These are chat archives for symengine/symengine

24th
Jan 2016
Isuru Fernando
@isuruf
Jan 24 2016 01:42
@bjodah, yes. I w
I would make the argument std::set, as the order doesn't matter
Ralf Stephan
@rwst
Jan 24 2016 08:40
@bluescarni I just checked timings of operations in mattpap's thesis esp. https://mattpap.github.io/masters-thesis/html/src/internals.html and Sage is way faster, esp. with factorization.
``````sage: R.<x,y,z>=PolynomialRing(ZZ)
sage: f = expand(((x+y+z)**15+1)*((x+y+z)**15+2))
sage: %timeit _ = f.factor()
10 loops, best of 3: 131 ms per loop
sage: %timeit _ = (x^1400-1).factor()
1 loops, best of 3: 862 ms per loop``````
Kalevi Suominen
@jksuom
Jan 24 2016 08:54
@rwst Can you tell which package is Sage using for this factorization?
Ralf Stephan
@rwst
Jan 24 2016 08:56
@jksuom Looks like Singular.
Ralf Stephan
@rwst
Jan 24 2016 09:02
It's a bit surprising because with operations where many conversions to/from Singular is involved Sage's multivar polys are slow. Obviously conversion is less an issue here.
*are involved
Kalevi Suominen
@jksuom
Jan 24 2016 09:09
I think that the algorithms used in SymPy are good, but apparently a C implementation is superior.
Ralf Stephan
@rwst
Jan 24 2016 09:11
With Cython there is still an overhead. That's why I think SymEngine is the better way to speed up SymPy.
Kalevi Suominen
@jksuom
Jan 24 2016 09:12
Yes, I think so too.
Ralf Stephan
@rwst
Jan 24 2016 09:13
The same with Sage, which uses Cython extensively.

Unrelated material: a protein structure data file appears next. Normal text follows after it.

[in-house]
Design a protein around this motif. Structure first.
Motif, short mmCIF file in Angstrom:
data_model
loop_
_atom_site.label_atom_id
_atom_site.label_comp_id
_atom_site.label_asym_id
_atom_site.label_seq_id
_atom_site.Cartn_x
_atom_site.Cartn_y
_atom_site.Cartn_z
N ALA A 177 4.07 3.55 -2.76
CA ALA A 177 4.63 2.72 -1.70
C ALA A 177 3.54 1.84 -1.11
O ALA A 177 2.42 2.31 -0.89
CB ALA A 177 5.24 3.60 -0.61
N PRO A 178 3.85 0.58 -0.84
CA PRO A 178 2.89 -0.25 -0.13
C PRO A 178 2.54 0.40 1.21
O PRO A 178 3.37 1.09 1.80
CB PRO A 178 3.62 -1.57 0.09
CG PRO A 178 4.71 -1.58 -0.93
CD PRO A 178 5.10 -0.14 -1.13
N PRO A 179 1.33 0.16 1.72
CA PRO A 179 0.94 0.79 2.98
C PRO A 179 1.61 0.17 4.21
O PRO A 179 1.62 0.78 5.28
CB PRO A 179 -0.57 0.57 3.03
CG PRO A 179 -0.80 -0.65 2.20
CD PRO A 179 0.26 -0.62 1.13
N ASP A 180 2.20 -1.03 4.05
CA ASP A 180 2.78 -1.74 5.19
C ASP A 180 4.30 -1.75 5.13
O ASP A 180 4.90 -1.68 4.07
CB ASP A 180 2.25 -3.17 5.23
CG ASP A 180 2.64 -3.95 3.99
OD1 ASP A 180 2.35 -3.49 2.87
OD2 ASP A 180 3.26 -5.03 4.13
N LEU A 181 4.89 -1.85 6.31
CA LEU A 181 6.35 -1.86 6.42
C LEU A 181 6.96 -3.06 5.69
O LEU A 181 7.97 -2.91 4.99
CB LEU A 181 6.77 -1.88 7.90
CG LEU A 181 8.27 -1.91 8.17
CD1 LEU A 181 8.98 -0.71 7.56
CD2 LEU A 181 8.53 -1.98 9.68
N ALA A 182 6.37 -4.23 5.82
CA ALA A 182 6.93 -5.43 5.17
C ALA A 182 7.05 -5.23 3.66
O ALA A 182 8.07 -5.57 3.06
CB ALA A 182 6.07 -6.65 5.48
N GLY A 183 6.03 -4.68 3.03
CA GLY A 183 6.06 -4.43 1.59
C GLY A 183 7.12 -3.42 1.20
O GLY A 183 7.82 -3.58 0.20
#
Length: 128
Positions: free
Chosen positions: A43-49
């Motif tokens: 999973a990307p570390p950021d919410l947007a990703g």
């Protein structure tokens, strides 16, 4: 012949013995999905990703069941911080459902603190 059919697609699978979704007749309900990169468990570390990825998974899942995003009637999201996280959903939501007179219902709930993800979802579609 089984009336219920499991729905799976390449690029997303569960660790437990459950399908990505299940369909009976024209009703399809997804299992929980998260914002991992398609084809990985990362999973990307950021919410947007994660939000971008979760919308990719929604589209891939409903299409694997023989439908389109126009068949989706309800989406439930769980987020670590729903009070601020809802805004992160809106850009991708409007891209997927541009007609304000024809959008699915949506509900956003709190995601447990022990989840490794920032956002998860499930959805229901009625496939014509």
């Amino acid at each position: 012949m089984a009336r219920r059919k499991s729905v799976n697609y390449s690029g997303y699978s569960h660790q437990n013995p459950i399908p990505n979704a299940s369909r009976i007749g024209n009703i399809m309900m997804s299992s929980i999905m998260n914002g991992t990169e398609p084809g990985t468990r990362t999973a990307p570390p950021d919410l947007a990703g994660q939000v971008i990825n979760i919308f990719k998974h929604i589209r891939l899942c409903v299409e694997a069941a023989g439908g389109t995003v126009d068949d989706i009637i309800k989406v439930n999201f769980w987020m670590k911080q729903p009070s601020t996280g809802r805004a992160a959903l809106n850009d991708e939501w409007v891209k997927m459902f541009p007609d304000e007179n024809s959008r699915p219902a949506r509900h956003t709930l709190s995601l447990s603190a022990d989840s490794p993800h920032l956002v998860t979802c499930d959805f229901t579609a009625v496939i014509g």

Kalevi Suominen
@jksuom
Jan 24 2016 09:14
But using C (or C++) means a lot of work.
Kalevi Suominen
@jksuom
Jan 24 2016 09:26
On second thought, I have a vague recollection that only the core of Singular is in C, and the libraries are in a higher level (Singular?) language. If that is true, it might be useful to take a look at the implementation of factorization in Singular.
Ralf Stephan
@rwst
Jan 24 2016 09:29
Maybe `sympy.polys` is just missing special code for `x^n-1` (factors are cyclotomic).
Francesco Biscani
@bluescarni
Jan 24 2016 10:36
@rwst this paper by Richard Fateman might have some clues, and in general it might have some interesting points about the various options for poly GCD: http://http.cs.berkeley.edu/~fateman/papers/phil8.ps
basically one of his points is that the heuristic GCD works well in Maple because it allows to move the heavy part of the computation into bignum arithmetics
and Maple's interpreted language is slow
so it's a win for them
as they have good bignum implemented (I think GMP probably)
so something similar might apply to Python implementations
he says that if you write your algorithms in a compiled language the relative performances can change quite a bit
Björn Dahlgren
@bjodah
Jan 24 2016 11:04
@isuruf, I was thinking I could sort a `std::vector` to make it canonical (and cheap to do == comparisons). And then maybe provide an alternative constructor taking a `std::set` as an argument?
Isuru Fernando
@isuruf
Jan 24 2016 11:41
@bjodah, yes, `std::vector` is fine as you only need sequential access to the list